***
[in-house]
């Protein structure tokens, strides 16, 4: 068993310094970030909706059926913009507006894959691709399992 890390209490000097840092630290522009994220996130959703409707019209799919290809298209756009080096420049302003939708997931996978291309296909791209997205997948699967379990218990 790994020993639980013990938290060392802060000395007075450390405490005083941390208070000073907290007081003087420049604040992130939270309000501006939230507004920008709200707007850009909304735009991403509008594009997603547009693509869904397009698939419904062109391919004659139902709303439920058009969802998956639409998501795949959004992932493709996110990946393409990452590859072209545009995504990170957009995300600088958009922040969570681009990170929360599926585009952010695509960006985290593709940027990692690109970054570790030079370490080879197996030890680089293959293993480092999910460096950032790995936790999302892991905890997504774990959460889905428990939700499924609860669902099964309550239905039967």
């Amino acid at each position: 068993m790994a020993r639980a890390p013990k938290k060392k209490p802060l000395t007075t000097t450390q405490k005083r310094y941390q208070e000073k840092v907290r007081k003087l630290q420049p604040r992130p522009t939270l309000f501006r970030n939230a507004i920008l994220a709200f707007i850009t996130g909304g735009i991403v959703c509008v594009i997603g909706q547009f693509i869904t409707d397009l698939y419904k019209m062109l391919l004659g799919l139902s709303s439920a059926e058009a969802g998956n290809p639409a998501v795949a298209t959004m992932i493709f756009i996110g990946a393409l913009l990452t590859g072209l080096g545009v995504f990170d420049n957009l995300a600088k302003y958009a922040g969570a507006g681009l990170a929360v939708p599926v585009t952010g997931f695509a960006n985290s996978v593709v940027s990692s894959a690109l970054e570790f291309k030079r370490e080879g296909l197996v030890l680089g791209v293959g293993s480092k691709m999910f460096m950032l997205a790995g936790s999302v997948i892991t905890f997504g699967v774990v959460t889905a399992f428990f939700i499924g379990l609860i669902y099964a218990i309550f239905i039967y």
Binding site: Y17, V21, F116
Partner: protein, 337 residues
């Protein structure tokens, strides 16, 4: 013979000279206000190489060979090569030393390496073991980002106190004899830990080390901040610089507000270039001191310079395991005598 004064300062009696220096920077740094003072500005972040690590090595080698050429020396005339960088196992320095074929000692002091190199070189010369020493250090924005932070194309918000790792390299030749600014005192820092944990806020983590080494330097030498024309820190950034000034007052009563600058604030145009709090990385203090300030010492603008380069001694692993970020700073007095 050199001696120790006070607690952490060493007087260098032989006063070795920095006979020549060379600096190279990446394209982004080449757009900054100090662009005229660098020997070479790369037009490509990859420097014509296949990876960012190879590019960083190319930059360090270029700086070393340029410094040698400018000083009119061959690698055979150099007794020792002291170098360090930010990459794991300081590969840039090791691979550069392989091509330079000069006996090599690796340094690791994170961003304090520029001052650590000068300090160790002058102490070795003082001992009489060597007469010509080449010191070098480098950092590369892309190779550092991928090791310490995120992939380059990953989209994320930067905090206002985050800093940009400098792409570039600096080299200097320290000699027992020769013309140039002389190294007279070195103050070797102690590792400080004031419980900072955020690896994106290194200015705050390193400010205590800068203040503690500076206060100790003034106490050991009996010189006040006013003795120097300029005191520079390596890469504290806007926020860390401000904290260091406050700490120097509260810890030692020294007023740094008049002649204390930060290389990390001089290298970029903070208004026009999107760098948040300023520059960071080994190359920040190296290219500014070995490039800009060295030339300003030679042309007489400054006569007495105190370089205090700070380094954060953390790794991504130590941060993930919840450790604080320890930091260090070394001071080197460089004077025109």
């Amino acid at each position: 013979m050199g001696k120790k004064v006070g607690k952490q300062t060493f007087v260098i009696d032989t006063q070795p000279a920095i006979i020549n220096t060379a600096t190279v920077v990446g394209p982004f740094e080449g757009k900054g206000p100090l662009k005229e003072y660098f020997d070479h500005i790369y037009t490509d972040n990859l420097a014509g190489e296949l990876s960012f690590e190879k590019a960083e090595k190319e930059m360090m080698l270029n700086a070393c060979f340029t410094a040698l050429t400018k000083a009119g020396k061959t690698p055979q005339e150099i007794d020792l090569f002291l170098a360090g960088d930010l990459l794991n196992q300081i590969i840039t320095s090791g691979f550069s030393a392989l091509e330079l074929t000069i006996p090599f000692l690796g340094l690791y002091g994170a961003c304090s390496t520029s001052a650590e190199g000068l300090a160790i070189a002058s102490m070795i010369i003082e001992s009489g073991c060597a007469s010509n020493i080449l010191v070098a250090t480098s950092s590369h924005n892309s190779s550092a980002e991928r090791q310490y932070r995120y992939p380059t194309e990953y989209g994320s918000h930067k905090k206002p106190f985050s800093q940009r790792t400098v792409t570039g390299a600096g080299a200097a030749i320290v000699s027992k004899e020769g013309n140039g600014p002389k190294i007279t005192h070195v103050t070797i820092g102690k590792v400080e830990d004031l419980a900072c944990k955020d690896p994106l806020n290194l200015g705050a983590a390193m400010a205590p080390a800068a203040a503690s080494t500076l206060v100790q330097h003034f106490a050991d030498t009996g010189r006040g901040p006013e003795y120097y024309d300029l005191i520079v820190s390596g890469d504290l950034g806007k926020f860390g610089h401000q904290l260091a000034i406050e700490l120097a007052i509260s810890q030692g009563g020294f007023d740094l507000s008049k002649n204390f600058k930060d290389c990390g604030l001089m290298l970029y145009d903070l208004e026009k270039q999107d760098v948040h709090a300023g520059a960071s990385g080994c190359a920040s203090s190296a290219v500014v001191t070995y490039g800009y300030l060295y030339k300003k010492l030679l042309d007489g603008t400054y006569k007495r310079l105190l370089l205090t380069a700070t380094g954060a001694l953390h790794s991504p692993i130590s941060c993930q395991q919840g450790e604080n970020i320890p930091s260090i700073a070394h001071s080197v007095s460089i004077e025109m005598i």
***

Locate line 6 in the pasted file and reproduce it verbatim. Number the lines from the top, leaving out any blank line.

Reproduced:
């Protein structure tokens, strides 16, 4: 013979000279206000190489060979090569030393390496073991980002106190004899830990080390901040610089507000270039001191310079395991005598 004064300062009696220096920077740094003072500005972040690590090595080698050429020396005339960088196992320095074929000692002091190199070189010369020493250090924005932070194309918000790792390299030749600014005192820092944990806020983590080494330097030498024309820190950034000034007052009563600058604030145009709090990385203090300030010492603008380069001694692993970020700073007095 050199001696120790006070607690952490060493007087260098032989006063070795920095006979020549060379600096190279990446394209982004080449757009900054100090662009005229660098020997070479790369037009490509990859420097014509296949990876960012190879590019960083190319930059360090270029700086070393340029410094040698400018000083009119061959690698055979150099007794020792002291170098360090930010990459794991300081590969840039090791691979550069392989091509330079000069006996090599690796340094690791994170961003304090520029001052650590000068300090160790002058102490070795003082001992009489060597007469010509080449010191070098480098950092590369892309190779550092991928090791310490995120992939380059990953989209994320930067905090206002985050800093940009400098792409570039600096080299200097320290000699027992020769013309140039002389190294007279070195103050070797102690590792400080004031419980900072955020690896994106290194200015705050390193400010205590800068203040503690500076206060100790003034106490050991009996010189006040006013003795120097300029005191520079390596890469504290806007926020860390401000904290260091406050700490120097509260810890030692020294007023740094008049002649204390930060290389990390001089290298970029903070208004026009999107760098948040300023520059960071080994190359920040190296290219500014070995490039800009060295030339300003030679042309007489400054006569007495105190370089205090700070380094954060953390790794991504130590941060993930919840450790604080320890930091260090070394001071080197460089004077025109």